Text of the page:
Portland State College. Department of Chemistry
Date of Publication
Master of Science (M.S.) in Chemistry
1 online resource (ii, 61 leaves)
Bacteria (Arthrobacter sp.), isolated from lodgepole pine (Pinus contortus), are capable of utilizing methyl dehydroabietate as the sole source of carbon. Degradation products of methyl dehydroabietate have been obtained by manually extracting the cell-free supernatant solution of a liquid growth medium with methylene chloride. Gas chromatography (G. L. C.) was used for separation of the neutral products. The acid products were converted to their methyl esters diazomethane and then separated by gas chromatography. Structures have been proposed for two G. L. C. fractions (V, II) on the basis of infrared (I.R.) and mass spectral (M. S.) data. The molecular weight of V is 328, corresponding to the introduction of one oxygen atom into methyl dehydroabietate, (M. W. 314) and loss of two protons. Infrared peaks at 5.73µ and 5.77µ. , and the absence of a large P-l mass spectral peak (P-1 is due, to loss of the aldehydic hydrogen) indicate that the material is a keto- ester. A comparison of the fragmentation pattern of V and the fragmentation pattern of methyl dehydroabietate indicates that the ketone carbonyl group is in ring A of methyl dehydroabietate and is β to the ester carbonyl group. The molecular weight of II is 260. Present in its infrared spectrum are peaks associated with a non-conjugated methyl ester (5.73µC=O; 8. 30µ, 8. 39µ, 8. 54µ, C-O) and the aromatic ring (6. 21µ, 6. 67µ, and 6.89µ) with isopropyl substitution (7. 30µ, 7.37µ). Significant mass spectral peaks at (1) 233 (P-27), (2) 201 (P-59), (3)200 (P-60), (4) 159 (P-101) and (5) 129 (P-131) are consistent with structure II.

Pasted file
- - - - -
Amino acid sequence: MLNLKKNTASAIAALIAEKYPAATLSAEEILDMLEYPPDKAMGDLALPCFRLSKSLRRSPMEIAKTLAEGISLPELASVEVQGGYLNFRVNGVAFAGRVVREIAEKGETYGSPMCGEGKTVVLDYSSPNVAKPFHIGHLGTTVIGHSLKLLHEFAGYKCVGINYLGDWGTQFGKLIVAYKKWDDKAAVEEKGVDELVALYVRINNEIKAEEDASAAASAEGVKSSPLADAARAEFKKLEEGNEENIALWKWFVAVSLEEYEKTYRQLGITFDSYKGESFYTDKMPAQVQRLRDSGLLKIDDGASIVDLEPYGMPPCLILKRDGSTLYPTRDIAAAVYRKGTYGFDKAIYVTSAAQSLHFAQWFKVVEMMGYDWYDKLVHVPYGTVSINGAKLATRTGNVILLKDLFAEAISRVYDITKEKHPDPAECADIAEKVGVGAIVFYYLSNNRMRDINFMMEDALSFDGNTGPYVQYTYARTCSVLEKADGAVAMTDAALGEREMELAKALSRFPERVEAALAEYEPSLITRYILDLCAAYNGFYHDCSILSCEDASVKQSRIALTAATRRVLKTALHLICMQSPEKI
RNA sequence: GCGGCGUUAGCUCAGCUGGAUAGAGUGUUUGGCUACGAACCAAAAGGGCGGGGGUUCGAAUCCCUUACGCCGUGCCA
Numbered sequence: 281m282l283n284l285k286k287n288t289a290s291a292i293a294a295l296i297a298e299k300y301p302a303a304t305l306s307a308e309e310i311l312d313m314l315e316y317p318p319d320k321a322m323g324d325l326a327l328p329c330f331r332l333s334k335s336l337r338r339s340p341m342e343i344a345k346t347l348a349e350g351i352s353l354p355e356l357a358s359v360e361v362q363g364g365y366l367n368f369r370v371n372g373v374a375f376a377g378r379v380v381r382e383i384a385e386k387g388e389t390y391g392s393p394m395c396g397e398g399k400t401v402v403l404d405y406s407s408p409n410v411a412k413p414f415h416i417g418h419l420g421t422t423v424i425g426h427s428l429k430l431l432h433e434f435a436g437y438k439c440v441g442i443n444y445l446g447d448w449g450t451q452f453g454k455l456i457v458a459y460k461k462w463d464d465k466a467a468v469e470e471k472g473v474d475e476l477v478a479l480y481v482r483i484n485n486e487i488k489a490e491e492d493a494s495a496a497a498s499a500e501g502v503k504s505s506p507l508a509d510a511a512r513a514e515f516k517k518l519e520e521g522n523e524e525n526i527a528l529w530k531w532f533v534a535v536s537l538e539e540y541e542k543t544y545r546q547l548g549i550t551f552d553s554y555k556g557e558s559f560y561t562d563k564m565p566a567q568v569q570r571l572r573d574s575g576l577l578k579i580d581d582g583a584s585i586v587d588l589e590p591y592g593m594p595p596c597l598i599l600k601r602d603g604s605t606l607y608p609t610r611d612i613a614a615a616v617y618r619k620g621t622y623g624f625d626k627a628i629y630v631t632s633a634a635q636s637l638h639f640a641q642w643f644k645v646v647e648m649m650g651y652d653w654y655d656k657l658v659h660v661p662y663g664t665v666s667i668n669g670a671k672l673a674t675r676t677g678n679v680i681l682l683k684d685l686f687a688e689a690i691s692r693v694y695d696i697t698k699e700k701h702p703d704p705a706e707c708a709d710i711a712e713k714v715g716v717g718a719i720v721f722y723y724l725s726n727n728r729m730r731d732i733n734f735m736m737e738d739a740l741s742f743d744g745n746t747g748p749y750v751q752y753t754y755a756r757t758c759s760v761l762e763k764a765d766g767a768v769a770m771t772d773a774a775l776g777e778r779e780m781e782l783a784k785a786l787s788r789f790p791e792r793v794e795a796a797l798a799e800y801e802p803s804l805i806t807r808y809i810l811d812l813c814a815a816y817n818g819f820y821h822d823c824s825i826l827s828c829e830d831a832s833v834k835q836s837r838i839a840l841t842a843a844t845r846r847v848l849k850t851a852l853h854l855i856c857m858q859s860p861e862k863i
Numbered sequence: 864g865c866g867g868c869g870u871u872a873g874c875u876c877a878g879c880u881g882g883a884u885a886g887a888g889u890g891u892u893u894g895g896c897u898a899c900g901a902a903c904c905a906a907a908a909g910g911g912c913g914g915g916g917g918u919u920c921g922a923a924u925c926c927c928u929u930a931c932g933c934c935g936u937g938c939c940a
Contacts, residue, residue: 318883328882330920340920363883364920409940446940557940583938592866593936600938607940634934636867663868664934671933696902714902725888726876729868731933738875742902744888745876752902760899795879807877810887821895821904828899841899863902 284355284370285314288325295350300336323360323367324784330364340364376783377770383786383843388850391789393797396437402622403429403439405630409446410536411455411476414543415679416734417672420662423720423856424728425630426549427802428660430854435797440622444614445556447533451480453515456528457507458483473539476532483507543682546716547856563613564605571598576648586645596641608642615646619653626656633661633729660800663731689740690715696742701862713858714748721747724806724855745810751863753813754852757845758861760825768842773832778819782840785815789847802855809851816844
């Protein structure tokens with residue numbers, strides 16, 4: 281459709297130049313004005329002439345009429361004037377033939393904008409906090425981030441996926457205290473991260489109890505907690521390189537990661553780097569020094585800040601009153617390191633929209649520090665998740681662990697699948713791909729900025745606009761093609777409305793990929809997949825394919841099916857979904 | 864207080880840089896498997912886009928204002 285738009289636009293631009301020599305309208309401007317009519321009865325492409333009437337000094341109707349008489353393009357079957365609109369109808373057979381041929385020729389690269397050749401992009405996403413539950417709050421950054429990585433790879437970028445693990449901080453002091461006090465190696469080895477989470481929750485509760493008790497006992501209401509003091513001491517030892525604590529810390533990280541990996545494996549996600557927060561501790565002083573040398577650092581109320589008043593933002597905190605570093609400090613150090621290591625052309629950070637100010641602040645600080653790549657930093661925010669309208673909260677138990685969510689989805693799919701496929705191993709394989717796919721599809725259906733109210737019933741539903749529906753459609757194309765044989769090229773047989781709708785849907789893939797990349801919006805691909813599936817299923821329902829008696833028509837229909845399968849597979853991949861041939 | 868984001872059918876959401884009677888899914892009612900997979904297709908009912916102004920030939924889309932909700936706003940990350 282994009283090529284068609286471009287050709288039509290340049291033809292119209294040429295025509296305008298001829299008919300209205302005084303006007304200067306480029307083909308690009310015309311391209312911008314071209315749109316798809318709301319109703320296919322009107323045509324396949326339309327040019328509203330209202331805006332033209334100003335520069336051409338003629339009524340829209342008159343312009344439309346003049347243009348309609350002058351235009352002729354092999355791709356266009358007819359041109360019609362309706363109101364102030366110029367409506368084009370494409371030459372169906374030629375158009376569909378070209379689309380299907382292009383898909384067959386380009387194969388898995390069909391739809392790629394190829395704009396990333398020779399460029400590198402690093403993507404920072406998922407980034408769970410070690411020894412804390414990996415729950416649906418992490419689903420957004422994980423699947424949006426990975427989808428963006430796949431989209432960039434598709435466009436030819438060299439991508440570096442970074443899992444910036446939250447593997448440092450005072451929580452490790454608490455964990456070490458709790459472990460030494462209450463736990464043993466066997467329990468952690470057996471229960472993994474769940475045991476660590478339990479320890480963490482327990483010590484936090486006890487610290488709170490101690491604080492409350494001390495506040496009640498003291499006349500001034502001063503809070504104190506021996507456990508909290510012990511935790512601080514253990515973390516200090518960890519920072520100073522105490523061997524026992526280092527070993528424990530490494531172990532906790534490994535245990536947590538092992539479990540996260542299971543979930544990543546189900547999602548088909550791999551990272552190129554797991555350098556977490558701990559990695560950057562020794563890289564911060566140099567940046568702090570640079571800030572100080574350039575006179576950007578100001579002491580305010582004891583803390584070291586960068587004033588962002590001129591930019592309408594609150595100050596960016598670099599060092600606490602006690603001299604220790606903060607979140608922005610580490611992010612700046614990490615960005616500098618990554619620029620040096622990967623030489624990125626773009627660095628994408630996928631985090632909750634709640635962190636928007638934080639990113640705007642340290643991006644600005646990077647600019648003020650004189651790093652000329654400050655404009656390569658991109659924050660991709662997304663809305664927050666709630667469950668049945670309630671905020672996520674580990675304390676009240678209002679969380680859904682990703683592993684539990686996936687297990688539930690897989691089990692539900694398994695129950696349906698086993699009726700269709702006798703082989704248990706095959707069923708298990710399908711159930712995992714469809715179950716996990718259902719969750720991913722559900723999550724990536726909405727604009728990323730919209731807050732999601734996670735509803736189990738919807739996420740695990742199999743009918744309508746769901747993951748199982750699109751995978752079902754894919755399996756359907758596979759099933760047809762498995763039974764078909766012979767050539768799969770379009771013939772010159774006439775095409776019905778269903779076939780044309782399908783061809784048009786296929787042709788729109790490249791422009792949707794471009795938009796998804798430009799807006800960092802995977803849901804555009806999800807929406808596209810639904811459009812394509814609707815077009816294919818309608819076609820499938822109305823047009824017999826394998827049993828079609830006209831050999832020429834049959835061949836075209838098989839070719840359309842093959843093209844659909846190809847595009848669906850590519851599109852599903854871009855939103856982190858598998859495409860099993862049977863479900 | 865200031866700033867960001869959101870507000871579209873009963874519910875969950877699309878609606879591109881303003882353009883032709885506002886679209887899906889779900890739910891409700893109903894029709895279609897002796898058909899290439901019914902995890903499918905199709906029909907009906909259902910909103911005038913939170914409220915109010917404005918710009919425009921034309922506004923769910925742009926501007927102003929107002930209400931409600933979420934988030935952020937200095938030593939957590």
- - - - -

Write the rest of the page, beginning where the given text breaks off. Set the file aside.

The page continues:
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Carter, Burl C., "Bacterial degradation of methyl dehydroabietate" (1968). Dissertations and Theses. Paper 493.